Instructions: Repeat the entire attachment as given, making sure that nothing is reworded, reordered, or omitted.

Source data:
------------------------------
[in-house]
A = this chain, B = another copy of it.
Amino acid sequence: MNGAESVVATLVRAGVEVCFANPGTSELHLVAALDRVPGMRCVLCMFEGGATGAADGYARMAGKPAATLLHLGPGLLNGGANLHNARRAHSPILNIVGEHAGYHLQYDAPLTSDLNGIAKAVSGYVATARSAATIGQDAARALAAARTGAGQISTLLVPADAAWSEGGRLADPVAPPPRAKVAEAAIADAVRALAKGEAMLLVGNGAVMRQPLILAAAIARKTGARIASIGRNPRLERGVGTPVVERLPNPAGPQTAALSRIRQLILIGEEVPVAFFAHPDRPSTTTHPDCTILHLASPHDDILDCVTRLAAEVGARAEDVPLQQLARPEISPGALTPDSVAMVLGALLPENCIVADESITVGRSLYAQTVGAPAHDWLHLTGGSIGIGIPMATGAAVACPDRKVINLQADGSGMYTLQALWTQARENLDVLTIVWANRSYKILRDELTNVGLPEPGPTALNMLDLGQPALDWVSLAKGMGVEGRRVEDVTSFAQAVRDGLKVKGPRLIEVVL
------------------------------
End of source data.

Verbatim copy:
[in-house]
A = this chain, B = another copy of it.
Amino acid sequence: MNGAESVVATLVRAGVEVCFANPGTSELHLVAALDRVPGMRCVLCMFEGGATGAADGYARMAGKPAATLLHLGPGLLNGGANLHNARRAHSPILNIVGEHAGYHLQYDAPLTSDLNGIAKAVSGYVATARSAATIGQDAARALAAARTGAGQISTLLVPADAAWSEGGRLADPVAPPPRAKVAEAAIADAVRALAKGEAMLLVGNGAVMRQPLILAAAIARKTGARIASIGRNPRLERGVGTPVVERLPNPAGPQTAALSRIRQLILIGEEVPVAFFAHPDRPSTTTHPDCTILHLASPHDDILDCVTRLAAEVGARAEDVPLQQLARPEISPGALTPDSVAMVLGALLPENCIVADESITVGRSLYAQTVGAPAHDWLHLTGGSIGIGIPMATGAAVACPDRKVINLQADGSGMYTLQALWTQARENLDVLTIVWANRSYKILRDELTNVGLPEPGPTALNMLDLGQPALDWVSLAKGMGVEGRRVEDVTSFAQAVRDGLKVKGPRLIEVVL